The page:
Graduate Experience

A reflection on one teacher’s graduate school experience.


Skip Olson, English Teacher

When Lauren approached me about writing about my graduate experience, I thought, much like I’m thinking now, “How exactly am I going to do this?” But, I agreed and here we are.

I struggled with a focus: I didn’t want it to be all sunshine and rainbows (it wasn’t), but I didn’t want it to be 800 words of my bitter bitching about isolated events (I’ll save that for my tell-all memoir). I didn’t want it to be an endorsement to UNI (no offense meant) and I didn’t want it to be the same thing we’ve read a thousand times before.

So, long story short (I’d give my whole train of thought here, but the last time I explained my thought process to someone they decided to have a stroke instead of listen to me), here is my reflection of life before and after my Master’s journey.

Before grad school, I understood education based on student-teaching and my current job.
After grad school, I have met roughly 20 other educators from around the state – some teaching everything (they literally are the English department) and some teaching one class for eight hours (thanks but no thanks). From our discussions, I’ve seen so many viewpoints, beliefs, methods, and stories of triumph and failure. This is something you can’t get from a book and it’s something that’ll stay with me forever (or until dementia sets in).

Before grad school, I thought I had a pretty good idea of what “the research” says.
After grad school, I realized there is a lot (read: a lot) more. I was introduced to the likes of James Squire, James Britton, James Moffett (seeing a pattern), Louise Rosenblatt, and Kelly Gallagher. I’ve learned about the absolutely maddening experience of English research and how contradictory, while at the same time similar, ideas can be when teaching this hot mess of a subject.

Before grad school, I thought English Language Arts was pretty cut and dry.
After grad school, I understand more clearly that this subject is a worn out burlap sack of authors, materials, traditions, methods, theories, and research. I didn’t know that this subject is actually pretty new (relatively speaking) and that, despite just over 100 years, no one still knows what the hell they’re doing. You could teach 1,000 different things using 1,000 different methods for each one thing…and you’d still be right. You can teach The Hate U Give or To Kill a Mockingbird and you’d be right. English is a multi-headed beast, with each head having its own backstory and spinoff series, meaning it’s a little overwhelming trying to figure everything out.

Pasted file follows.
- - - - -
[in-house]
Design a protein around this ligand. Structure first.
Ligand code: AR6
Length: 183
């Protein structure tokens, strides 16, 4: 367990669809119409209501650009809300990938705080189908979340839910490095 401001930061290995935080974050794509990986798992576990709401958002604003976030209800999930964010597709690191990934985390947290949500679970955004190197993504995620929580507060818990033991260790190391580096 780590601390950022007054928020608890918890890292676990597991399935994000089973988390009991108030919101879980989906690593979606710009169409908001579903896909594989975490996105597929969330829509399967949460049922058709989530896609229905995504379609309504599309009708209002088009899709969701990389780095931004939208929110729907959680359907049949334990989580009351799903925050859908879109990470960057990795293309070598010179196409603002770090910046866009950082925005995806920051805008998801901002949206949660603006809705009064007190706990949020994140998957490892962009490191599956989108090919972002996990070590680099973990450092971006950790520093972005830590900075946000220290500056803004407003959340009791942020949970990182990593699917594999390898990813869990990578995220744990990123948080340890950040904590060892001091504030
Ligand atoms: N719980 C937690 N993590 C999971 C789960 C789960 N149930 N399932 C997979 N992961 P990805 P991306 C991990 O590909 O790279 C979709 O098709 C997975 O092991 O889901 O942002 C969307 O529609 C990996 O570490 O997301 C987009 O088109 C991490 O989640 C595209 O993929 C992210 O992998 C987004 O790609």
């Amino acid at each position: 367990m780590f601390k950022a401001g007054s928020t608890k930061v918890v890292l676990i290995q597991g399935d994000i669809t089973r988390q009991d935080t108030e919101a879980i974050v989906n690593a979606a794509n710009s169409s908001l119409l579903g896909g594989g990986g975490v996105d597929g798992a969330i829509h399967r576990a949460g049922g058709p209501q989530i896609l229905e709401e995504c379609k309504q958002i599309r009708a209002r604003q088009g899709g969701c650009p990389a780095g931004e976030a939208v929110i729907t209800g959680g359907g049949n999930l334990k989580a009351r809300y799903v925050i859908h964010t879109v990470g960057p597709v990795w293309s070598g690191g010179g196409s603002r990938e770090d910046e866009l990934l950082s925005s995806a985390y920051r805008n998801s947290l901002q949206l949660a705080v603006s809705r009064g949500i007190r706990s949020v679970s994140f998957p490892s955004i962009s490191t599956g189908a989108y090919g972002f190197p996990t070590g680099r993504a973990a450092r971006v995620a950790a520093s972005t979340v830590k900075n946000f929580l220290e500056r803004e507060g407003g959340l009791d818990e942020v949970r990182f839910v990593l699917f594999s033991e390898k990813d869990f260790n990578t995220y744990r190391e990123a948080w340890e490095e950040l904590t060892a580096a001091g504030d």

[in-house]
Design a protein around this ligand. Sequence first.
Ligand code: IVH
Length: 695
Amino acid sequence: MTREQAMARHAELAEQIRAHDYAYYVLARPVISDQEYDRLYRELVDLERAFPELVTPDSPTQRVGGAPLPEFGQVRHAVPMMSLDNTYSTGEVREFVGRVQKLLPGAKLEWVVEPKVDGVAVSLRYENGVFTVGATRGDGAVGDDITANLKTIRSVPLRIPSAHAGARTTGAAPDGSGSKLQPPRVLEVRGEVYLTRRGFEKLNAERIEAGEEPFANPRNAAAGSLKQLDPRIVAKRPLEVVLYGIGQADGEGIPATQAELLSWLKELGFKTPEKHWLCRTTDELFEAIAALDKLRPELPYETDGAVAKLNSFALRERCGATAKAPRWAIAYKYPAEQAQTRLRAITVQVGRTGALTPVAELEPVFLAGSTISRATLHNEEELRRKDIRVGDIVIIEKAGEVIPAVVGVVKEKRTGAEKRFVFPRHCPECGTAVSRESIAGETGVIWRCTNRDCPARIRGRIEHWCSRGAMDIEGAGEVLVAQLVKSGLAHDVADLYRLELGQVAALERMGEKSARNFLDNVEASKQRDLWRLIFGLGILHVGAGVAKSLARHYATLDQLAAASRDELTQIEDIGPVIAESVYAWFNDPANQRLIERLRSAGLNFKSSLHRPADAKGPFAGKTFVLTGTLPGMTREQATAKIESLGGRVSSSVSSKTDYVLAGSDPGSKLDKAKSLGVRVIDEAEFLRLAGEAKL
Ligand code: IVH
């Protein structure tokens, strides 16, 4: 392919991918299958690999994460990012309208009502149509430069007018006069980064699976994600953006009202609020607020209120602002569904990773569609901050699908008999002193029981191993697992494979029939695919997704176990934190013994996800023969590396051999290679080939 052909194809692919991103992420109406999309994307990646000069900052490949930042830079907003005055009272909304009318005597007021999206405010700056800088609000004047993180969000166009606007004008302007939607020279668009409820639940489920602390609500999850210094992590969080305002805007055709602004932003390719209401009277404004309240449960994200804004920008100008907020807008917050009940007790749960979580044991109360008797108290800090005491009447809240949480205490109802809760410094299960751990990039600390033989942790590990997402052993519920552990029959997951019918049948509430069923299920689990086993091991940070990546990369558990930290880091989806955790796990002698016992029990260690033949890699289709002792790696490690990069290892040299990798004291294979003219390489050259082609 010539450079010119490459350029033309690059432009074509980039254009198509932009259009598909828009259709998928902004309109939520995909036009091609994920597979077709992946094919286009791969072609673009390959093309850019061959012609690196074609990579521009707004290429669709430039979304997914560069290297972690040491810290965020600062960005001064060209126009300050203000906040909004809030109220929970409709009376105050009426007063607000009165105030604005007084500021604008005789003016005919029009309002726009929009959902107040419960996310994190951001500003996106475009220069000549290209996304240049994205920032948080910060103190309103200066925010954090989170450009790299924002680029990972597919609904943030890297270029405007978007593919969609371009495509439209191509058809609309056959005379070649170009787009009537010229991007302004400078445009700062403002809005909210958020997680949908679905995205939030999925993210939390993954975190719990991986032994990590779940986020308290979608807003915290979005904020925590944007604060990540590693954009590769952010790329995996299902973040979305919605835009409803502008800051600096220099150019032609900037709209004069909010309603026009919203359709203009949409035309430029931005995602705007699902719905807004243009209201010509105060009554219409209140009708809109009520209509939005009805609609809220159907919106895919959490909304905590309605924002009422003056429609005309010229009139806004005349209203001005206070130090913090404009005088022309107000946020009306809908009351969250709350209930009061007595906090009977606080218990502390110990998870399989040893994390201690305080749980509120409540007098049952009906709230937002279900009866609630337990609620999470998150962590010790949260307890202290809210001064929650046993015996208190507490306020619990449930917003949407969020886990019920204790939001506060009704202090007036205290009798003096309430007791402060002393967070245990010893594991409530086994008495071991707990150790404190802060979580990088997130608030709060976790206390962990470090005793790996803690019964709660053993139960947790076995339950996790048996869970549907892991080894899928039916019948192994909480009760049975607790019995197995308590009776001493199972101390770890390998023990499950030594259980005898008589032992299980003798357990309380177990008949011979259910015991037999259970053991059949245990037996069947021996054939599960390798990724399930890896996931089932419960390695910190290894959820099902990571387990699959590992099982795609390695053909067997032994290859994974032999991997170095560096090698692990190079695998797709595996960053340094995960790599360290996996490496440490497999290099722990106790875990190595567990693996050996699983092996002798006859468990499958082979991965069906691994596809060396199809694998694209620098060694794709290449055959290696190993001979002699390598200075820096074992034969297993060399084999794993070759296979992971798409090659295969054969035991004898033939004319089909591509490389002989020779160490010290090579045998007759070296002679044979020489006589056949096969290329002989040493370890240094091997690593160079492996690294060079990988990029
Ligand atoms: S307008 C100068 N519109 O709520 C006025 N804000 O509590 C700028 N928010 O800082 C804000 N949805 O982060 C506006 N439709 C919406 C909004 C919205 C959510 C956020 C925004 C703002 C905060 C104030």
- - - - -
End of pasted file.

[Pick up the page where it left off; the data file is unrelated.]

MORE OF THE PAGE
Before grad school, I was pretty good at trying new things.
After grad school, I’m even better at it (and now can cite names like I know what I’m talking about, much like how Gallager said in his classic text…). I’m pretty proud of myself when it comes to reflecting on what I do and what I can do to change. But now I’m trying new things, little things but still things, to make my classes a little smoother, my content a little more crisp, and my delivery a little more engaging. I’ve started using the question, “What’s your response to this?” because of Louise Rosenblatt’s reader response theory. I’ve started incorporating more reading to build knowledge capital after reading Gallager. I’ve started retooling my literary analysis papers to include research and reflection because of…well, a lot of different people.

Before grad school, writing terrified me.
After grad school, writing still terrifies me but less so. With the IWP and constantly having people look at your work, writing becomes much more manageable. And after doing my research on rural areas, I’m starting to see that I have a vision now of what to write about and that writing about it, and more importantly sharing it, isn’t something to fear, but to embrace. I’ve “practiced” via lengthy Facebook posts that blew up and am now starting to think that writing can just be writing, it doesn’t always need an audience. Or maybe I can write and send it out to a larger (maybe less hostile?) audience via a blog. 

Before grad school, I knew teaching at a rural school was unique.
After grad school, I see that unique is an understatement. From my grad paper, I see how little research is done regarding English content and rural school districts. I have started to see that rural narratives are hard to come by, so I’m making an effort to incorporate rural narratives in my classroom. Moving forward, I plan to do more to better serve my rural students by having them think about their communities, reflect on who creates the rural narrative, and question what can be done moving forward.

There’s more, of course, but I have a word limit. Bottom line: I’m better for this experience, but that doesn’t mean if you haven’t gotten your graduate degree or don’t plan on getting it means you’re a failure. For that matter, do what’s best for you and your kids (especially during Covid – ya know, that old thing). Oh, and go to the ICTE conference, I went two years ago and it’s definitely worth it.